Forbearance Key to Katrina Relief
Fannie Mae and Freddie Mac, along with mortgage insurers and servicers, are providing mortgage relief for borrowers facing hardships related to the massive and widespread damage caused by Hurricane Katrina.
"What matters most to the hurricane victims in those first few days after a storm hits is basic safety and survival, not concerns about making their next mortgage payment," said Pam Johnson, senior vice president and single-family credit officer at Fannie Mae.
Fannie Mae mortgage lenders are authorized to suspend mortgage payments for up to three months, reduce payments for up to 18 months and, in more severe cases, create longer loan payback plans. Lenders will determine appropriate relief steps by considering any uninsured losses, extended unemployment and extraordinary expenses related to Katrina that affect mortgage payments.
The Fannie Mae Foundation will donate $1 million through a $500,000 contribution to the American Red Cross and an additional $500,000 for medium- and long-term efforts supported by the housing industry to help the communities recover and rebuild. The foundation will also match funds for donations made by Fannie Mae and foundation employees to hurricane relief efforts.
Under Freddie Mac's policies, servicers may reduce or suspend mortgage payments for up to 12 months for borrowers in declared major disaster areas. Freddie is also encouraging servicers to expedite the release of insurance proceeds, waive the assessment of penalties or late fees, and not report forbearance or delinquencies caused by the disaster to the nation's credit bureaus. Freddie said it is donating $10 million to aid organizations including the American Red Cross and is matching Freddie Mac employee donations to relief efforts. It will double the match if donations support Habitat for Humanity's hurricane relief efforts.
"Our goal is to help families affected by Hurricane Katrina to keep their homes," said Richard Syron, Freddie Mac chairman and CEO. "We also want to ensure that families who are displaced from their homes receive the assistance they need."
Mortgage insurer Genworth Financial, Richmond, Va., will support guidelines to allow the reduction or suspension of mortgage payments for a specified time or even create a longer payment schedule.
"We want to help the people hit so hard by these storms and protect their credit ratings and financial interests," said Kevin Schneider, president of Genworth Financial's U.S. mortgage insurance business.
AIG United Guaranty, Greensboro, N.C., following Fannie Mae and Freddie Mac, plans to work with servicers whose borrowers have encountered hurricane damage, including those with no flood insurance. United Guaranty will agree to delay of foreclosure action of up to six months, capitalization of up to six mortgage payments, and modification and forbearance arrangements that allow a borrower up to 18 months to bring a mortgage current.
"This action gives our policyholders a great deal of latitude in serving borrowers in affected areas," said Chris Goodwin, vice president of Loss Management. "In working with lenders whose customers have been affected, we are prepared to accept a range of reasonable solutions where mortgage payment is concerned."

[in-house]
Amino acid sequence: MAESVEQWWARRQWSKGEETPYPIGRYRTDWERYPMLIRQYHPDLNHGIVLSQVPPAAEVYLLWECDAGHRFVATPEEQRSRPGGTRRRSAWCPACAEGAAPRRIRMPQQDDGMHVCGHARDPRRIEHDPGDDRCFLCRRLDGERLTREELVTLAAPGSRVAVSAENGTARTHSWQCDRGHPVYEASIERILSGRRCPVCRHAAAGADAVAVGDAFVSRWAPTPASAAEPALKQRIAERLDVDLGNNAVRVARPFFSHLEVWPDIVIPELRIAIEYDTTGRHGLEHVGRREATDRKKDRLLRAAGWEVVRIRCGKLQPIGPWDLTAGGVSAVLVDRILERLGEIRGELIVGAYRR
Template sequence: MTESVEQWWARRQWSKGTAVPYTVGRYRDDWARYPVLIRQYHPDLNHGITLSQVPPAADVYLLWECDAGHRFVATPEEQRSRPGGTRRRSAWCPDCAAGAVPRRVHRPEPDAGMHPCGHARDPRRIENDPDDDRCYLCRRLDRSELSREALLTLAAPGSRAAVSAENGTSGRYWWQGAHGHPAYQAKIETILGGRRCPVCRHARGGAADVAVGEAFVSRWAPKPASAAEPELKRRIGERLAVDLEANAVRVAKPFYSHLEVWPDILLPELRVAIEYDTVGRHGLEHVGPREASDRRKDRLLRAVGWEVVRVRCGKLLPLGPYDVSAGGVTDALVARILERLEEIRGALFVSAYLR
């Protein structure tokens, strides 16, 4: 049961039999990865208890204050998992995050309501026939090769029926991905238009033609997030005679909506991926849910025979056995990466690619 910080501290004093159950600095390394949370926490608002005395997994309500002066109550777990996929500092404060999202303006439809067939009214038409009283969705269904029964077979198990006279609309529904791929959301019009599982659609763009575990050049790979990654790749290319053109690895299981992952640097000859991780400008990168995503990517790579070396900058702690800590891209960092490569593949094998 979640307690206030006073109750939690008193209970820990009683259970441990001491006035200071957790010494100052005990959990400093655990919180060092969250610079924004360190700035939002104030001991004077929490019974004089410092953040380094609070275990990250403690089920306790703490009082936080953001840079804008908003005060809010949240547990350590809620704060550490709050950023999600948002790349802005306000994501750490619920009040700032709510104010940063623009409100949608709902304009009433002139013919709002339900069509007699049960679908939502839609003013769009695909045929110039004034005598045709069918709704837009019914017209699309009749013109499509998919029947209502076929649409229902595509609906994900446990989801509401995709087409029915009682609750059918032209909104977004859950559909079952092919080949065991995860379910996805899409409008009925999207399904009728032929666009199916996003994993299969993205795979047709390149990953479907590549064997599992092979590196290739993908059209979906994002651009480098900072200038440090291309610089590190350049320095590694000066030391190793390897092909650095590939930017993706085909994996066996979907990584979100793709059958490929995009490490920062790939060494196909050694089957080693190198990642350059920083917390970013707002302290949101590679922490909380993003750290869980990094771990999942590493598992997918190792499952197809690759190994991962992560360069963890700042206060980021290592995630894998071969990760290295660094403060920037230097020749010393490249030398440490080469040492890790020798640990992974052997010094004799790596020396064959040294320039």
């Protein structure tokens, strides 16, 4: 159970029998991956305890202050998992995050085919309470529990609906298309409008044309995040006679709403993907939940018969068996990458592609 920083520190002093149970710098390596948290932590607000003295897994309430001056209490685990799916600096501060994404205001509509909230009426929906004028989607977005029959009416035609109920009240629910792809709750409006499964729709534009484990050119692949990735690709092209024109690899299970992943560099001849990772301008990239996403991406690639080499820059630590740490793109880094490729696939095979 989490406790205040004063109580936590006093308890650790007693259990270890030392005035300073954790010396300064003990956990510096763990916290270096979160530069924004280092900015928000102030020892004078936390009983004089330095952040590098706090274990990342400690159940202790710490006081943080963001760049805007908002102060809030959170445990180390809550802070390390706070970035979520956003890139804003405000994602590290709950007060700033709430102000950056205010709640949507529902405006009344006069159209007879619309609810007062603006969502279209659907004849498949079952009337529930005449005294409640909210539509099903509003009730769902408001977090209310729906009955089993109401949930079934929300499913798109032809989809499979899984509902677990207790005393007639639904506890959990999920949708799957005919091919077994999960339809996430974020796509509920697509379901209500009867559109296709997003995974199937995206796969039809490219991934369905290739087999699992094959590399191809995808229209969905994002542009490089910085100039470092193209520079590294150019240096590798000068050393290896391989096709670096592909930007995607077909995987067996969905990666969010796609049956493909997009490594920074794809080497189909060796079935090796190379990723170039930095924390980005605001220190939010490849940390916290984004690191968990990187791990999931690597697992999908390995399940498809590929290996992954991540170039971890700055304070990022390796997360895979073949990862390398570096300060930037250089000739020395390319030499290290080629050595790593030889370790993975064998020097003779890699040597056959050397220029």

Freddie Mac has made a temporary exception to its insurance guidelines to expedite getting money into the hands of borrowers. Under the exception, in locations declared major disaster areas, servicers can immediately release funds.
For mortgages that are current, Freddie Mac said the servicer may release insurance proceeds without limitation for the repair of damaged properties. For mortgages that are 30 to 90 days delinquent, the servicer may release up to $40,000 of the total insurance loss proceeds for the repair. If the amount is greater than $20,000, the servicer may release the funds up to a maximum of $40,000 but the proceeds must be made payable jointly to the borrower and the contractor.
The servicer may choose to maintain the funds in an interest-bearing account and disburse the proceeds.
Servicers are also stepping up to bat in the Hurricane relief effort.
The top residential lender in the New Orleans metropolitan statistical area is Countrywide Home Loans of Calabasas, Calif. (Countrywide is also the largest home lender in the Biloxi-Gulfport area, which also was decimated by Katrina.)
Countrywide estimated that its losses related to Katrina would exceed the $70 million in hurricane related losses suffered after a series of storms hit Florida and the Southeast last year. Countrywide also said it will donate $1.6 million to relief programs.
A Countrywide spokesman said most of the company's New Orleans area branches are located in the suburbs. He said when it comes to servicing loans affected by the storm, "We'll deal with it on a case-by-base basis."
Washington Mutual, Seattle, the No. 5 ranked lender in New Orleans, has 40,000 customers in Louisiana alone. The figure includes first and second liens as well as home-equity loans and products originated by its subprime affiliate, Long Beach Mortgage.
Homecomings Financial, a Bloomington, Minn.-based division of GMAC-RFC, is offering mortgage relief, counseling, and other assistance to its 14,000 customers in 53 counties and parishes that have been declared federal disaster areas in the Gulf region.
Ted Cornwell contributed to this report.
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